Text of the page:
Saturday, March 2, 2019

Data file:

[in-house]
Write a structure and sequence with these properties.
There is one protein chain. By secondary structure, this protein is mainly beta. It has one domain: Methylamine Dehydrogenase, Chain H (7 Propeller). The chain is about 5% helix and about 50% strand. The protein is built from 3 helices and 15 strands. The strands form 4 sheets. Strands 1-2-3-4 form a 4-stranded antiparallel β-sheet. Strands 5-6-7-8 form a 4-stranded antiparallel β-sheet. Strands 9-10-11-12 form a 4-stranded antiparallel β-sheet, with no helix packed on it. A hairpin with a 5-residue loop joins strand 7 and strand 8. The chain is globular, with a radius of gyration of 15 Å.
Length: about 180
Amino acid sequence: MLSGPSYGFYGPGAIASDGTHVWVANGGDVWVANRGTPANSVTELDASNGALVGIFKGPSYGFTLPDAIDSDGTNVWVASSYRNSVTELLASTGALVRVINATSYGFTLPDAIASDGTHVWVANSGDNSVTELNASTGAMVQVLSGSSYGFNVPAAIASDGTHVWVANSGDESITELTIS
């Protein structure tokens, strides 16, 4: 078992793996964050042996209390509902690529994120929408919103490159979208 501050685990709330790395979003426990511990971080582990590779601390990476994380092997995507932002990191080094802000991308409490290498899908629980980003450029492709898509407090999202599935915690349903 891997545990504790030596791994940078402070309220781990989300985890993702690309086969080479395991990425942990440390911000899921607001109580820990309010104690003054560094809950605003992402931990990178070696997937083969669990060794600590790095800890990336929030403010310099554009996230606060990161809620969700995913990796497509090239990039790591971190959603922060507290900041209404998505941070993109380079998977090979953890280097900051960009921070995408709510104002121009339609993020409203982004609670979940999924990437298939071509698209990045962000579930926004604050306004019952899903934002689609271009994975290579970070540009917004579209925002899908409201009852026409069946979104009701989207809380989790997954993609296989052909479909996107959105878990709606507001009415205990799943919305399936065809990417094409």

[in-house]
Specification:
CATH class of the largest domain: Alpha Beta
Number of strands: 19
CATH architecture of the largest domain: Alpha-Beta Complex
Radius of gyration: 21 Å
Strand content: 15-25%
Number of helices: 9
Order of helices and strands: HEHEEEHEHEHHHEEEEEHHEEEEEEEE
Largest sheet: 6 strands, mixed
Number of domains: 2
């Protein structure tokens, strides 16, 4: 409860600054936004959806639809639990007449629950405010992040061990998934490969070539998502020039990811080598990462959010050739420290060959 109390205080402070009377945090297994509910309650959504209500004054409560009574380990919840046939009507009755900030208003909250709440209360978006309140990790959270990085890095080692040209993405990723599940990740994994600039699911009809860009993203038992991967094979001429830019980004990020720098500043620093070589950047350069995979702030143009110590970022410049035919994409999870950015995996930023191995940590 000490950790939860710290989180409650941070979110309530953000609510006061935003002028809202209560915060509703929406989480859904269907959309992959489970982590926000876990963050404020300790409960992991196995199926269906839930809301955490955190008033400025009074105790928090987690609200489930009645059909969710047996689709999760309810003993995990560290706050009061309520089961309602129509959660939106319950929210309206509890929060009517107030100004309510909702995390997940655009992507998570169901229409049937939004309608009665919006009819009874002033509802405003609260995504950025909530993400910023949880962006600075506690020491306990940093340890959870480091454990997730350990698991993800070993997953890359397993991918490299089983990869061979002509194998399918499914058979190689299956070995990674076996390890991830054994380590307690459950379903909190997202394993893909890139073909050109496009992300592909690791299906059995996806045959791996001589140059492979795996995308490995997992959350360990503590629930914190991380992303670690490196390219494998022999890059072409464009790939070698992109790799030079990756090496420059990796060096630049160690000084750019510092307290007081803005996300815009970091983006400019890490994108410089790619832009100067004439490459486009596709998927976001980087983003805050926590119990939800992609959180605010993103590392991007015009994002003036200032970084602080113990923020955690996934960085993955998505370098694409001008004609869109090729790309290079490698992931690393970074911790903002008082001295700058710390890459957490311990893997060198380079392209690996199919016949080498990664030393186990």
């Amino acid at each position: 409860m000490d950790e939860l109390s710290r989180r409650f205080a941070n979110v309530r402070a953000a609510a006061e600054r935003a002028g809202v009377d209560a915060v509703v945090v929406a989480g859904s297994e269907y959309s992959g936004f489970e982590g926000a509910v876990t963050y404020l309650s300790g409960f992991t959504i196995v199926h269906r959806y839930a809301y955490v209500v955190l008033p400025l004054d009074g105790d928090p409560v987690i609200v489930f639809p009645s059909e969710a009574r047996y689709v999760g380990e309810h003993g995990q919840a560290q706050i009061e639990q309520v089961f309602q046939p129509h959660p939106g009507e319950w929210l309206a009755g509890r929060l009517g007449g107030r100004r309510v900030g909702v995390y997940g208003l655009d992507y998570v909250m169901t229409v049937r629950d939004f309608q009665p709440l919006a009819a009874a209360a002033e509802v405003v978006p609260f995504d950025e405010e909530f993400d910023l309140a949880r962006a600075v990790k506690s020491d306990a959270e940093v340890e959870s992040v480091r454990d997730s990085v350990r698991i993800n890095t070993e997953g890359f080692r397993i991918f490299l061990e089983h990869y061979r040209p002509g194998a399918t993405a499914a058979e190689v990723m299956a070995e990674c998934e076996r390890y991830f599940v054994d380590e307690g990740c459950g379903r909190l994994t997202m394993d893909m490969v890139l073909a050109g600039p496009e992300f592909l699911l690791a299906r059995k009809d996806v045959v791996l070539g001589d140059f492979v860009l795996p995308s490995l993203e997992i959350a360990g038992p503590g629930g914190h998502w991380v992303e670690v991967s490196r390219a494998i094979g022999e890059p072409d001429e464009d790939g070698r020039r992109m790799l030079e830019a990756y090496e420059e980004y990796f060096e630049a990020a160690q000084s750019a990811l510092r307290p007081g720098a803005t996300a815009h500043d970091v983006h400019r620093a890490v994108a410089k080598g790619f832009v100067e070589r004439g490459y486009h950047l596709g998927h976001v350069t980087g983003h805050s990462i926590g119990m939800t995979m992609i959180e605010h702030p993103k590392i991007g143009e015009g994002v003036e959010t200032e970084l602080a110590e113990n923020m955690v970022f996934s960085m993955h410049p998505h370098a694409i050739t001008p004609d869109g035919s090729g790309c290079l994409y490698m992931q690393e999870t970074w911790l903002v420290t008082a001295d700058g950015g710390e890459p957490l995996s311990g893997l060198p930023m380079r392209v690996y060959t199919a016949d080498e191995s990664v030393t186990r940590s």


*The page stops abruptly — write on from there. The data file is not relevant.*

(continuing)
Mediation †Practicum